WAIFS AND STRAYS.
New Zealand Tablet, Volume II, Issue 105, 1 May 1875, Page 9
WAIFS AND STRAYS.
Good Mkmory. In the last issue of the Printer's Circular/ there is an article from an English Magazine on remarkable feats of memorising. All the examples were extraordinary, and what is more to the point, well authenticated. The British writer, however, ignored one remarkable instance of a retentive memory, and that one was the strong mental storehouse of Houdin, the famous French necromancer, now no more. Houdin could pass through a library where he had not been "before, read the titles of the volumes, note their bindings and position on the shelves, and hours afterward astonish his host and guests by telling them the names of the books in the library, the styles of binding, shapes of letters on the backs, whether large, small, gilt, or plain. Houdin, who, though a clever mystifier, was as far as possible removed from a charlatan, frankly telling us in his memoirs that he cultivated his remarkable pneumonic faculties by noting, as he passed along the streets, all the articles in shop windows, trying his utmost to remember as many of them as possible, repeating the names and peculiarities of the varied contents to himself, and then invariably returning to verify his mental catalogue. Persevering in this odd school, he succeeded so admirably that he could, at a passing glance, memorise the contents of a library. And there lived in the last century an obscure London actor, who could, after a single reading, repeat backwards the contents of any newspaper, advertisements and all. In the latter instance, the wondrous power of memory was a gift of nature and not an acquired art, as in the case of Houdin. And the actor Sothern_could memorise the words of his part while his wife read them to him, he reclining upon a lounge wearied by rehearsals and performances. Catchins Turtles in Sottth Amebica. The turtle is the main source of food supply to the Combo. The forests and waters furnish him with fish, flesh, and fowl in great variety, but he cares for little else besides the turtle when he can procure it. Between August 15 and September the Ist, the waters of the TTcayali, the affluent of the Amazon, on which Conibos live, become less impetuous, in consequence of the snow having ceased to fall on the summits of the Andes. Vast spaces of sand are left bare, and the turtle fishing at once commences. On a fixed day the Conibos embark in canoes furnished with •llnecesßary utensils, and travel up and down the river for from thirty to sixty or even one hundred miles. When they discover on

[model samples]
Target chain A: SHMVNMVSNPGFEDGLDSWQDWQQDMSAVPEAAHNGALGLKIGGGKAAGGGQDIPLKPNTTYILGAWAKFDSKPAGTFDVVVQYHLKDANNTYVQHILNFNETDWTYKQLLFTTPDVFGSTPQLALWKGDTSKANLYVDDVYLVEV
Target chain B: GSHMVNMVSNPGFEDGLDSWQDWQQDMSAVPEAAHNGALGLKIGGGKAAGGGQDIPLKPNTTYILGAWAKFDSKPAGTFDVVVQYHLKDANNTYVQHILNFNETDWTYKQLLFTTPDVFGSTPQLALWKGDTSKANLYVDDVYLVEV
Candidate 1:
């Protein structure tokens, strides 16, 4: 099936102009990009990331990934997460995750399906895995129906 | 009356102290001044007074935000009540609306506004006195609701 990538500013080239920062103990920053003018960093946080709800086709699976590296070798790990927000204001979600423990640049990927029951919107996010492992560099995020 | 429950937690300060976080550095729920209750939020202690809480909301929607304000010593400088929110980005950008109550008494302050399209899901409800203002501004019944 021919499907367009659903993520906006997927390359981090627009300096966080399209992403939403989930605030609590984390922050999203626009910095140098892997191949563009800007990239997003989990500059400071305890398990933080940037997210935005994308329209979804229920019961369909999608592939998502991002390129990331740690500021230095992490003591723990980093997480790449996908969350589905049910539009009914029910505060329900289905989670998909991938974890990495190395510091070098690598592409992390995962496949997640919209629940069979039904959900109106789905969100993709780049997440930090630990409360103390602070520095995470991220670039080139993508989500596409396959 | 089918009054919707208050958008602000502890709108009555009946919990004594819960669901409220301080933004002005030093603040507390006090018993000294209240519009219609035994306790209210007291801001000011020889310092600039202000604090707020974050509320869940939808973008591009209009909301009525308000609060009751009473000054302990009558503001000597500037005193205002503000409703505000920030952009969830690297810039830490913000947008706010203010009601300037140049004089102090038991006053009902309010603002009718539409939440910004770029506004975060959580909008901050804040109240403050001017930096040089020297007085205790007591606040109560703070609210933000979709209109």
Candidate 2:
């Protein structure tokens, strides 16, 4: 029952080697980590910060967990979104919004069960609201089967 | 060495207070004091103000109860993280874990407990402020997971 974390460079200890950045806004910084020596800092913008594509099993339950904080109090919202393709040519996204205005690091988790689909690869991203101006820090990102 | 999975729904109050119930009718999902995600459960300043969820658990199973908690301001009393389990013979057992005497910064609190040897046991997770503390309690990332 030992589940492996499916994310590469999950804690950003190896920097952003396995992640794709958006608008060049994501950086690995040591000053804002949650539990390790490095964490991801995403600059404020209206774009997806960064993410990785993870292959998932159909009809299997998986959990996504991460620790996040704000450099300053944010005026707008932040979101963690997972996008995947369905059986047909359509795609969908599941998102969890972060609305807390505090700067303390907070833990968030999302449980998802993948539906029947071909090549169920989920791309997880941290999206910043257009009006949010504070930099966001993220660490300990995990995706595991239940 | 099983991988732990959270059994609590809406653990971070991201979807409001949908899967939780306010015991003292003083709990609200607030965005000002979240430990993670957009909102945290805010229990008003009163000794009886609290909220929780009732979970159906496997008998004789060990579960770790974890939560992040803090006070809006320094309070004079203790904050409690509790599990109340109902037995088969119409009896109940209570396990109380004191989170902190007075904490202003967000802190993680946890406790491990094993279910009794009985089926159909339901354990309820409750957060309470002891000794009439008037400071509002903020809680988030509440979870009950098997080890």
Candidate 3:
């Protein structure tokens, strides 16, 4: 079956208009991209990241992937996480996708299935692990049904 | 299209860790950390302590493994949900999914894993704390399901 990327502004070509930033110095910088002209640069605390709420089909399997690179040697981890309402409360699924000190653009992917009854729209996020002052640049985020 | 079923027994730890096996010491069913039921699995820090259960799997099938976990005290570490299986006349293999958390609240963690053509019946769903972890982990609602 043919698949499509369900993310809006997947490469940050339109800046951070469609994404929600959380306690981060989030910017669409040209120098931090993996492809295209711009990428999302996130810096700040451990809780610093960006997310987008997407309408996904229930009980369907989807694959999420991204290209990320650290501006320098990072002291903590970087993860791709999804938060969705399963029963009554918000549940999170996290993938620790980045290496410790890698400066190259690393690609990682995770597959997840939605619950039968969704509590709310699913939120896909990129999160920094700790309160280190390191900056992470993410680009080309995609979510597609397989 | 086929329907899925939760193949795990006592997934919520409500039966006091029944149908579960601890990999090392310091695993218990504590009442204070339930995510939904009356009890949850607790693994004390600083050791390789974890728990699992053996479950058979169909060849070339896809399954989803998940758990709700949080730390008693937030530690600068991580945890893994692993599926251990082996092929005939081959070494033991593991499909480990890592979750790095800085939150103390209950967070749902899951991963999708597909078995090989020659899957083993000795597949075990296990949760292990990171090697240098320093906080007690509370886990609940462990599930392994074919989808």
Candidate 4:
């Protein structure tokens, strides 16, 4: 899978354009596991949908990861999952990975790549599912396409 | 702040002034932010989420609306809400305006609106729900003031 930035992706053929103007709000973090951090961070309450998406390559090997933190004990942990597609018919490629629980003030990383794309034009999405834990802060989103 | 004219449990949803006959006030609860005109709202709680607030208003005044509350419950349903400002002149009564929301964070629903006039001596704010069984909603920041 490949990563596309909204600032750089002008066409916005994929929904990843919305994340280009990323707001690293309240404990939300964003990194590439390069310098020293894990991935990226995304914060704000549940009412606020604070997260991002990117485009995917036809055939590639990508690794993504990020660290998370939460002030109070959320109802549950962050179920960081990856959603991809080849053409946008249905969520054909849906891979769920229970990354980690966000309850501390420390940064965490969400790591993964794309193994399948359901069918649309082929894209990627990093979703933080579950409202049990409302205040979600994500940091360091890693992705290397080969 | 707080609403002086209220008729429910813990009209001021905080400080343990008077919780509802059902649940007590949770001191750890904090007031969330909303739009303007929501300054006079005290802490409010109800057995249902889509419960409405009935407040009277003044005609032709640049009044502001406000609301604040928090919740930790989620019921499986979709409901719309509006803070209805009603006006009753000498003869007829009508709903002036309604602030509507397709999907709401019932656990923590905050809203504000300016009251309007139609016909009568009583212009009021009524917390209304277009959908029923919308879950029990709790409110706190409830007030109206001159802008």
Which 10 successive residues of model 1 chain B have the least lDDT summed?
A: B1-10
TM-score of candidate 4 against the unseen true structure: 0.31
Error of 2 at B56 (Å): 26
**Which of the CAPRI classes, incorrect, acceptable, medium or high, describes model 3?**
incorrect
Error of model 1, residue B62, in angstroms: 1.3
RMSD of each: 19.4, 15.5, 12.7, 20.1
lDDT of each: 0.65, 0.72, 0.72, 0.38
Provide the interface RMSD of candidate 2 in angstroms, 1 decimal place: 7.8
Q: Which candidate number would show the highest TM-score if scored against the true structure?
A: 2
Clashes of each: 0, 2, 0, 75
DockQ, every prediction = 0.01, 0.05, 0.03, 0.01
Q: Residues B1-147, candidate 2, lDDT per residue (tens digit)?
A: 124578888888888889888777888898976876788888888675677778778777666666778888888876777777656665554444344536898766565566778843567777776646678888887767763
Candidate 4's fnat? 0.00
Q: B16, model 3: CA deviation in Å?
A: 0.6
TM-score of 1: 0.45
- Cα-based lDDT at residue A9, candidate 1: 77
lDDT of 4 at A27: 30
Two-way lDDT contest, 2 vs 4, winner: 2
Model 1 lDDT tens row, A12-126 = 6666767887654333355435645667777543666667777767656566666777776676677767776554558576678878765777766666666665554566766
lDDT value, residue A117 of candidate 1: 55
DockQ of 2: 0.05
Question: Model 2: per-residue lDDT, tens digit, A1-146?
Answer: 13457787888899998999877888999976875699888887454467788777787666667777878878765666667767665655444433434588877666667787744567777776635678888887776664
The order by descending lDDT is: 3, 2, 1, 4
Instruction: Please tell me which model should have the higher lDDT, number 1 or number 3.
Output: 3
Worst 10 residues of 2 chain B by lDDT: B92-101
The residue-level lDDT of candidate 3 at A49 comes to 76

-th'G shore the claw-marked furrow made l>y the turtle when walking, they, call 8, halt, and, having builtat oome-two hundred yards from, the water their tents, ,they patiently wait in ambush the arrival o£ their amphibious prey. Generally, their instinct is so unerring that their encampment hardly precedes by more than a day or two the appearance of the turtles. On a dark night, between midnight and two o'clock an immense swell agitates the river. Its waters fairly seem to boil. Thousands of turtles come .clumsily tumbling out of the river and spread themselves over the shore. r Xhe Combos, squatting, or kneeling, under their leafy sheds, and keeping profound silence, await the moment for action. The turtles, who separate themselves into detachments on leaving the water, dig rapidly with their fore feet a> trench often 200 yards long, and aiways four feet broad by two deep. They apply themselves to their work with such zeal that the sand flies about them and envelopes them as in a fog. As soon as they are satisfied that their trench is large enough they deposit in it their softshelled eggs to the number of forty to seventy, and with their hind feet quickly fill up the trench. In this contest of paddling feet more than one turtle, tumbled over by his companions, rolls into the trench and is buried alive. Now the moment has arrived for which the Coniboß have anxiously waited. At a given signal the whole band suddenly rise from their lurking-places, and dash off in pursuit of the amphibia, not to cut off their retreat for they would themselves be trampled under foot by the resistless squadrons but to rush upon their flanks, seize them by their tails and throw them over on their backs. Before the turtles have disappeared, a thousand prisoners often remain in the hands of the assailants. Scribner's Monthly.' The Stbangest of Dfeis. Perhaps the most remarkable duel ever fought took place in 1803. It was peculiarly French in its tone, and could, hardly have occurred under any other than a French state of society. M. le Grandpre and M. le Pique had a quarrel, arising out of jealousy concerning & lady. They agreed to fight a. duel to settle their respective claims and, in order that the heat of angry passion should not interfere with the polished elegance of the proceeding, they postponed the duel for a month, the lady agreeing to bestow her hand on the survivor of the two, if the other was killed at all events, this was inferred by the two men, if not actually expressed. The duellists were to fight in the air. Two balloons were constructed exactly alike. On the day denoted Le G-randpre and his second entered the car of one balloon, Le Pique and his second that of the other it was in the garden of the Tuileries, amid an immense concourse of spectators. The gentlemen were to fire, nob at each other, but at each other's balloon, in order to bring them down by the escape of gas and, as pistols might hardly have served this purpose, each aeronaut took a blunderbuss in his car. At the given signal the ropes that retained the cars were cut, and the balloons ascended. The wind was moderate, and kept the balloons at about the original distance of 80 yards apart. When hah: a mile above the surface of. the earth, a preconcerted signal for firing was given. M. le Pique fired but missed. M. le G-randpre fired, and sent a ball through Le Pique's balloon. The balloon collapsed, the car descending with frightfulrapidity,andLe Pique andhis second were dashedtodieces. Le G-randpre continued his ascent triumphantly, and terminated his aerial voyage successfully. Thb Fate op the Stuarts. Since the time of CEdipus no royal line has equalled that of the Stuarts in its calamities. The first James, adorned with the graces of poetry and chivalry, a wise legistor, a sagacious and resolute king, perished, as we have seen, in his forty-fourth year. His son, the second James, was killed in his thirteetb. year at the siege of Roxburgh Castle, by the bursting of 'a cannon. The third James, after the battle of Sauchieburn, in which his rebellious subjects were countenanced and aided by his own son, was stabbed in his thirty-sixth year, beneath a humble roof, by a pretended priest. That son, the chivalrous madman of Flodden, compassed his own death and that of the flower of his kingdom, while only forty years of age, by a foolish knight-errantry. At an age ten years younger his only son, James the fifth, died of a broken heart. Over the sufferings and follies, and over the'mournful and unwarrantable doom of the beauteous Mary, the world will never cease to debate. Her grandson expiated at Whitehall, by a bloody death, the errors induced by his self-will and his pernicious education. The Second Charles, the Merry Monarch, had a fate as sad as any of his ancestors, for though he died in bed, his life was that of a heartless voluptuary, who had found in years of seeming prosperity neither truth in man nor fidelity in woman. His brother James lost three kingdoms, and disinherited the dynasty, for his adherence to the f nith of his fathers. The Old Pretender was a cipher, and the Young Pretender, after a youthful flash of promise, passed a useless life, and ended it as a drunken dotard. The hist of the race, Henry, Cardinal York, died in 1804, and a pensioner of that House of Hanover against which his father and brother had waged war with no advantage to themselves, and with the forfeiture of lifa and lands, of liberty and country, to many of the noblest and most chivalrous inhabitants of our island. A. Novel use for Paper. The Connecticut Eiver Railroad Company is about introducing for trial a set of paper car wheels under the forward truck of one of its engines. These wheels axe manufactured by bringing a pressure of 350 tons on sheets of common straw paper, which is turned perfectly round and the bulb forced into a hole in the centre, this requiring a pressure of 25 tons weight. The tire is of steel, and has a one-quarter inch bevel upon the inner edge, thus allowing the paper filling to be forced in, 250 tons pressure required in the process. Two iron slates, one upon each side of the paper, are bolted together, which prevents the possibility of the fillings coming out. The tire rests upon the paper only, and partakes of its elasticity in consequence. The Emperor William has presented to Prince Bismaack and Count von Moltke, as Christmas gifts, miniature models, carefully executed, of the Colvmn of Victory," Berlin, commemorating the three last victorious campaigns: